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Globalization, Uncertainty and Women’s Careers

Globalization, Uncertainty and Women’s Careers

An International Comparison

Edited by Hans-Peter Blossfeld and Heather Hofmeister

Globalization, Uncertainty and Women’s Careers assesses the effects of globalization on the life courses of women in thirteen countries across Europe and America in the second half of the 20th century.

Chapter 3: Women’s Employment in West Germany

Sandra Buchholz and Daniela Grunow

Subjects: business and management, diversity and management, gender and management, development studies, family and gender policy, social policy and sociology, comparative social policy, family and gender policy, labour policy

Extract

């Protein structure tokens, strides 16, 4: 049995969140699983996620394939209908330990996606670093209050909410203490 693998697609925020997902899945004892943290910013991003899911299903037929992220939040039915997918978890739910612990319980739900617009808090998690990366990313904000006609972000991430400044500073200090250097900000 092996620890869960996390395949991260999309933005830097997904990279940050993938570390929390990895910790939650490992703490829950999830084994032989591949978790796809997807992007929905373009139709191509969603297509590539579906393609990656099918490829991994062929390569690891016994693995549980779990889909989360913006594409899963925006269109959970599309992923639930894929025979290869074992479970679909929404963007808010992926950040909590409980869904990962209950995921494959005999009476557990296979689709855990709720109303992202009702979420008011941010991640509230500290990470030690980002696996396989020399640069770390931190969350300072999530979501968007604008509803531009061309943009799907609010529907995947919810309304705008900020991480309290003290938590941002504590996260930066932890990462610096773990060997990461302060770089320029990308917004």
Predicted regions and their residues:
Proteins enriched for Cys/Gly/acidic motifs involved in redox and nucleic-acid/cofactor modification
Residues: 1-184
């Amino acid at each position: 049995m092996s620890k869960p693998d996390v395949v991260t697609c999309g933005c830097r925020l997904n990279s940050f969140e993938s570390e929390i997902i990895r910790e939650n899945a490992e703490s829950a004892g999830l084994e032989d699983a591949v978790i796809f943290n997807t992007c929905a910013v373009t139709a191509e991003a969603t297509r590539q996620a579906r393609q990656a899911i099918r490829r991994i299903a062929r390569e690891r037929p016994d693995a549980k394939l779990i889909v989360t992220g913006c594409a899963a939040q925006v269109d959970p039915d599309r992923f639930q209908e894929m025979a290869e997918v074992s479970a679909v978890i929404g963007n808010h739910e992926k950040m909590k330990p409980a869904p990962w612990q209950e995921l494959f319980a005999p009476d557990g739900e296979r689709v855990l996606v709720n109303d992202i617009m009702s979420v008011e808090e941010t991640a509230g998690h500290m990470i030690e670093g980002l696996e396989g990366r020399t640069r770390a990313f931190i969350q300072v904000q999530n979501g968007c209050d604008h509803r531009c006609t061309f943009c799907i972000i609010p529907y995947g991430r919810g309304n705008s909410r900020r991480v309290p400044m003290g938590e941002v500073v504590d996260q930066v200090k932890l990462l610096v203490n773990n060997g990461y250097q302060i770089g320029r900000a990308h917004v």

Sandra Buchholz and Daniela Grunow 1 INTRODUCTION Modern societies are profoundly affected by processes of economic and technological change, here referred to as globalization forces. The process of globalization is marked by the internationalization, privatization, deregulation, liberalization and rising importance of markets, as well as the rapid transfer of information and the movement to a knowledge-based economy (Mills and Blossfeld 2005). We are especially interested in the ways these transitions have affected the employment careers of women, who traditionally form a marginal group in the labor market, inasmuch as they are less protected by unions, and typically have less seniority in the job market. We compare the involvement of women in the labor market of West Germany over the past four decades, and pay special attention to the institutional and family contexts that influence women’s labor force participation as well as employment chances. We assume globalization likely affects women’s labor force participation in two ways: through increasing labor market attachment and/or through rising employment insecurity. The first set of arguments about the effects of globalization on women’s attachment to the labor force says that globalization will strengthen women’s labor market ties due to several converging phenomena. For one, the expansion of women’s educational opportunities means that women have become more attractive in the labor market, and that they also stand to gain from investments in paid work. For another, globalization is increasing the uncertainty in men’s careers in particular industries and sectors. So as the formerly secure employees in households...

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